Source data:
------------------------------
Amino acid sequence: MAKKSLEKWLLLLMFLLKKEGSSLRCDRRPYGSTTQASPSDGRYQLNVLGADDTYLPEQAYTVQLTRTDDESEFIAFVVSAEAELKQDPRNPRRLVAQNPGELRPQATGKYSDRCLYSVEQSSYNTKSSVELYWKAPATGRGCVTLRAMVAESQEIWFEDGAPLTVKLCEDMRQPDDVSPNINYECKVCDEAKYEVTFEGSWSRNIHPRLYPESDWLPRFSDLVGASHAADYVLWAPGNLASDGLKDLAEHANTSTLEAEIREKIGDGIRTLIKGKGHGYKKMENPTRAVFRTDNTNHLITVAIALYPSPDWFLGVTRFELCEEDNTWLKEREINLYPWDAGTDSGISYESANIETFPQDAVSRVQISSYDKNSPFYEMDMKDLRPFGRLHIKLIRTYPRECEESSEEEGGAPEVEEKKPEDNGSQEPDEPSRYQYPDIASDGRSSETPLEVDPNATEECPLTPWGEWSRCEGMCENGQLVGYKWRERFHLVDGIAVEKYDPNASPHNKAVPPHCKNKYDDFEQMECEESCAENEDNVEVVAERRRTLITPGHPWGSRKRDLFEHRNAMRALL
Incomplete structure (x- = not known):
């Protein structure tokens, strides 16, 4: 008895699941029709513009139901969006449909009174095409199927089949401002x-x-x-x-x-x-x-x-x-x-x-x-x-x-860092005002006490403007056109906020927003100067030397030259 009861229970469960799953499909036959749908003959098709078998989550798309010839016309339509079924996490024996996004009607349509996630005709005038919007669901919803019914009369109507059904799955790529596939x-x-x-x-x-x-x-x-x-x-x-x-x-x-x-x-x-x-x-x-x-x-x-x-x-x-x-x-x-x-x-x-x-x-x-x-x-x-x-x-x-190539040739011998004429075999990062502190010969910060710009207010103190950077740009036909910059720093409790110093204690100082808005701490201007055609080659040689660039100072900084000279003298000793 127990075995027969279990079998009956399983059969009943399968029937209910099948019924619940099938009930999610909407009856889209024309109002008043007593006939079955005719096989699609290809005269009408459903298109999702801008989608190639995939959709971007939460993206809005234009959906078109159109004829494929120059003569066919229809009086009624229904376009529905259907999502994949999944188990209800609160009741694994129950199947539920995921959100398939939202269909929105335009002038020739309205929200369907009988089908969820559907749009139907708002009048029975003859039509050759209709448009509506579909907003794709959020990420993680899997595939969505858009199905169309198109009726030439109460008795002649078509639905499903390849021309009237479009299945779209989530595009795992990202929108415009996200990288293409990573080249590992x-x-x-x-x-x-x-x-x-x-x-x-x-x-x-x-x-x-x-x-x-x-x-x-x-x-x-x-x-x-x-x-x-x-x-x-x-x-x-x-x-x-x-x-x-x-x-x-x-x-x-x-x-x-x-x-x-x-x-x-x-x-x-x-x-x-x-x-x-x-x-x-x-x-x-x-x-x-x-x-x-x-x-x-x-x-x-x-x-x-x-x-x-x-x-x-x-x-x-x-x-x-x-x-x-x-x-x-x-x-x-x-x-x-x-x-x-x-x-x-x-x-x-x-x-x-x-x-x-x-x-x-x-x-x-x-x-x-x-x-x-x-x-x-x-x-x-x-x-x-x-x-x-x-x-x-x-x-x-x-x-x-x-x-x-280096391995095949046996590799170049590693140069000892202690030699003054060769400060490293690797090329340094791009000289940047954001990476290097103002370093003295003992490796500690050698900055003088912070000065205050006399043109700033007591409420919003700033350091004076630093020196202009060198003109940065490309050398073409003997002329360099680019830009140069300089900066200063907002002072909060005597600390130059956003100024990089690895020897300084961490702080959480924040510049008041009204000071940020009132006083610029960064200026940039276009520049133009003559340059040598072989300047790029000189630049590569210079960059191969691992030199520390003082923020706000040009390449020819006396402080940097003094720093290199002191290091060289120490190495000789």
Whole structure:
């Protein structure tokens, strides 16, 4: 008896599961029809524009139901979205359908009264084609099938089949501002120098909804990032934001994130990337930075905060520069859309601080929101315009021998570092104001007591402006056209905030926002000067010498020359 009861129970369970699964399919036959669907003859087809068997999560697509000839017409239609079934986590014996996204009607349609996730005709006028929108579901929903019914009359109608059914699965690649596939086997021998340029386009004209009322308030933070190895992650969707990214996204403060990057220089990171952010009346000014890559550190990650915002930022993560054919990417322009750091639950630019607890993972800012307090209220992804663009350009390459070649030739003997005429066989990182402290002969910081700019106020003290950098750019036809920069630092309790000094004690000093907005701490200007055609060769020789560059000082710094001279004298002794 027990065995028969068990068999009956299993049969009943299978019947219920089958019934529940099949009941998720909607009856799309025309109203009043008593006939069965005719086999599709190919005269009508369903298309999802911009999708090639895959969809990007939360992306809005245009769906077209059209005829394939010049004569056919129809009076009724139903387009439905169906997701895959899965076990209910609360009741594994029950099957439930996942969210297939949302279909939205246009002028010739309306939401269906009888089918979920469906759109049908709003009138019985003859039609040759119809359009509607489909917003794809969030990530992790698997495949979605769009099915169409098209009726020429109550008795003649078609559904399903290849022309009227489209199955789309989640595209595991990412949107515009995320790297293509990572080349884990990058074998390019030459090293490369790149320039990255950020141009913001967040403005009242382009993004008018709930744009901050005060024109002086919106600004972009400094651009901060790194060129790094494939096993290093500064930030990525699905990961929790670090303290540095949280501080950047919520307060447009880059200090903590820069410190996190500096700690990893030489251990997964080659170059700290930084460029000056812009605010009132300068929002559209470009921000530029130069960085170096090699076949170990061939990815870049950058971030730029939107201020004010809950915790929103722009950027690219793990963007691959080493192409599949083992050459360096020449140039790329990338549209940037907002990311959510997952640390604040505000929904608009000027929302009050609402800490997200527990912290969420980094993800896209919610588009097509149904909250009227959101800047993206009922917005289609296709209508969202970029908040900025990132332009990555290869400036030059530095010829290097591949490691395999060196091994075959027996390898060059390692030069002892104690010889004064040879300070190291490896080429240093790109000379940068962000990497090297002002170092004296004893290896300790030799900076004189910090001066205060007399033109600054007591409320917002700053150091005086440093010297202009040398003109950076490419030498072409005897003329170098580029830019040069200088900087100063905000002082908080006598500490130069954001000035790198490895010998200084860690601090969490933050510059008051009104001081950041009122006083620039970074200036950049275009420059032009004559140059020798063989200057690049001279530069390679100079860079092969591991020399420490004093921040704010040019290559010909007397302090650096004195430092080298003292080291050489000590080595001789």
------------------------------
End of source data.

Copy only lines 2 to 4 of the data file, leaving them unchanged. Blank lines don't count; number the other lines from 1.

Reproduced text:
Incomplete structure (x- = not known):
């Protein structure tokens, strides 16, 4: 008895699941029709513009139901969006449909009174095409199927089949401002x-x-x-x-x-x-x-x-x-x-x-x-x-x-860092005002006490403007056109906020927003100067030397030259 009861229970469960799953499909036959749908003959098709078998989550798309010839016309339509079924996490024996996004009607349509996630005709005038919007669901919803019914009369109507059904799955790529596939x-x-x-x-x-x-x-x-x-x-x-x-x-x-x-x-x-x-x-x-x-x-x-x-x-x-x-x-x-x-x-x-x-x-x-x-x-x-x-x-x-190539040739011998004429075999990062502190010969910060710009207010103190950077740009036909910059720093409790110093204690100082808005701490201007055609080659040689660039100072900084000279003298000793 127990075995027969279990079998009956399983059969009943399968029937209910099948019924619940099938009930999610909407009856889209024309109002008043007593006939079955005719096989699609290809005269009408459903298109999702801008989608190639995939959709971007939460993206809005234009959906078109159109004829494929120059003569066919229809009086009624229904376009529905259907999502994949999944188990209800609160009741694994129950199947539920995921959100398939939202269909929105335009002038020739309205929200369907009988089908969820559907749009139907708002009048029975003859039509050759209709448009509506579909907003794709959020990420993680899997595939969505858009199905169309198109009726030439109460008795002649078509639905499903390849021309009237479009299945779209989530595009795992990202929108415009996200990288293409990573080249590992x-x-x-x-x-x-x-x-x-x-x-x-x-x-x-x-x-x-x-x-x-x-x-x-x-x-x-x-x-x-x-x-x-x-x-x-x-x-x-x-x-x-x-x-x-x-x-x-x-x-x-x-x-x-x-x-x-x-x-x-x-x-x-x-x-x-x-x-x-x-x-x-x-x-x-x-x-x-x-x-x-x-x-x-x-x-x-x-x-x-x-x-x-x-x-x-x-x-x-x-x-x-x-x-x-x-x-x-x-x-x-x-x-x-x-x-x-x-x-x-x-x-x-x-x-x-x-x-x-x-x-x-x-x-x-x-x-x-x-x-x-x-x-x-x-x-x-x-x-x-x-x-x-x-x-x-x-x-x-x-x-x-x-x-x-280096391995095949046996590799170049590693140069000892202690030699003054060769400060490293690797090329340094791009000289940047954001990476290097103002370093003295003992490796500690050698900055003088912070000065205050006399043109700033007591409420919003700033350091004076630093020196202009060198003109940065490309050398073409003997002329360099680019830009140069300089900066200063907002002072909060005597600390130059956003100024990089690895020897300084961490702080959480924040510049008041009204000071940020009132006083610029960064200026940039276009520049133009003559340059040598072989300047790029000189630049590569210079960059191969691992030199520390003082923020706000040009390449020819006396402080940097003094720093290199002191290091060289120490190495000789």
Whole structure: